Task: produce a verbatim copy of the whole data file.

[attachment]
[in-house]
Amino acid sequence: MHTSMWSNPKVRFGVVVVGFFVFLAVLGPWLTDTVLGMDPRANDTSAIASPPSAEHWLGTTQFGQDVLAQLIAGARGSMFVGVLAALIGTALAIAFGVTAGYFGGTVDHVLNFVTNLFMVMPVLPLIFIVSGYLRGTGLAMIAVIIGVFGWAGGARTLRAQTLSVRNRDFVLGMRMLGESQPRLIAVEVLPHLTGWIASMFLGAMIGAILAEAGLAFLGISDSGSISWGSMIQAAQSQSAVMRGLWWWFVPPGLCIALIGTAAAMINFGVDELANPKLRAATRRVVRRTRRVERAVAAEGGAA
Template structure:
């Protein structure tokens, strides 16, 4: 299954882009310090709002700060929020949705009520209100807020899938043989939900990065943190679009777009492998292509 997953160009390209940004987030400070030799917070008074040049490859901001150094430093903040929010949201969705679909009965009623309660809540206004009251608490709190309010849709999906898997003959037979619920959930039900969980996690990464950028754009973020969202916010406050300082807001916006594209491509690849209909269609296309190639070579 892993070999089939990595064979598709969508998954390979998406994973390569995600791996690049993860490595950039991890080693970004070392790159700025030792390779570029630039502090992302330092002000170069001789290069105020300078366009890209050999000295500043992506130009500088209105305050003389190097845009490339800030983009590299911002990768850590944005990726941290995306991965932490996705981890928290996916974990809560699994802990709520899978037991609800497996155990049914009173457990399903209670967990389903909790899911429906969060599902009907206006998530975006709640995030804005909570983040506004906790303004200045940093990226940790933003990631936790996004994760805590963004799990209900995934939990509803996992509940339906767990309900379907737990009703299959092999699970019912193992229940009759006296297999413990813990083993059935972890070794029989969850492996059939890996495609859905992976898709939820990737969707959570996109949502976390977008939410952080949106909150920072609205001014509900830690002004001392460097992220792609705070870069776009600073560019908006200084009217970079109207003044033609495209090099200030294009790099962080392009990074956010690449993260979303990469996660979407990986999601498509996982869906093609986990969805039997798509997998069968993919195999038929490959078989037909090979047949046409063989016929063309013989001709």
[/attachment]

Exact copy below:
[in-house]
Amino acid sequence: MHTSMWSNPKVRFGVVVVGFFVFLAVLGPWLTDTVLGMDPRANDTSAIASPPSAEHWLGTTQFGQDVLAQLIAGARGSMFVGVLAALIGTALAIAFGVTAGYFGGTVDHVLNFVTNLFMVMPVLPLIFIVSGYLRGTGLAMIAVIIGVFGWAGGARTLRAQTLSVRNRDFVLGMRMLGESQPRLIAVEVLPHLTGWIASMFLGAMIGAILAEAGLAFLGISDSGSISWGSMIQAAQSQSAVMRGLWWWFVPPGLCIALIGTAAAMINFGVDELANPKLRAATRRVVRRTRRVERAVAAEGGAA
Template structure:
């Protein structure tokens, strides 16, 4: 299954882009310090709002700060929020949705009520209100807020899938043989939900990065943190679009777009492998292509 997953160009390209940004987030400070030799917070008074040049490859901001150094430093903040929010949201969705679909009965009623309660809540206004009251608490709190309010849709999906898997003959037979619920959930039900969980996690990464950028754009973020969202916010406050300082807001916006594209491509690849209909269609296309190639070579 892993070999089939990595064979598709969508998954390979998406994973390569995600791996690049993860490595950039991890080693970004070392790159700025030792390779570029630039502090992302330092002000170069001789290069105020300078366009890209050999000295500043992506130009500088209105305050003389190097845009490339800030983009590299911002990768850590944005990726941290995306991965932490996705981890928290996916974990809560699994802990709520899978037991609800497996155990049914009173457990399903209670967990389903909790899911429906969060599902009907206006998530975006709640995030804005909570983040506004906790303004200045940093990226940790933003990631936790996004994760805590963004799990209900995934939990509803996992509940339906767990309900379907737990009703299959092999699970019912193992229940009759006296297999413990813990083993059935972890070794029989969850492996059939890996495609859905992976898709939820990737969707959570996109949502976390977008939410952080949106909150920072609205001014509900830690002004001392460097992220792609705070870069776009600073560019908006200084009217970079109207003044033609495209090099200030294009790099962080392009990074956010690449993260979303990469996660979407990986999601498509996982869906093609986990969805039997798509997998069968993919195999038929490959078989037909090979047949046409063989016929063309013989001709």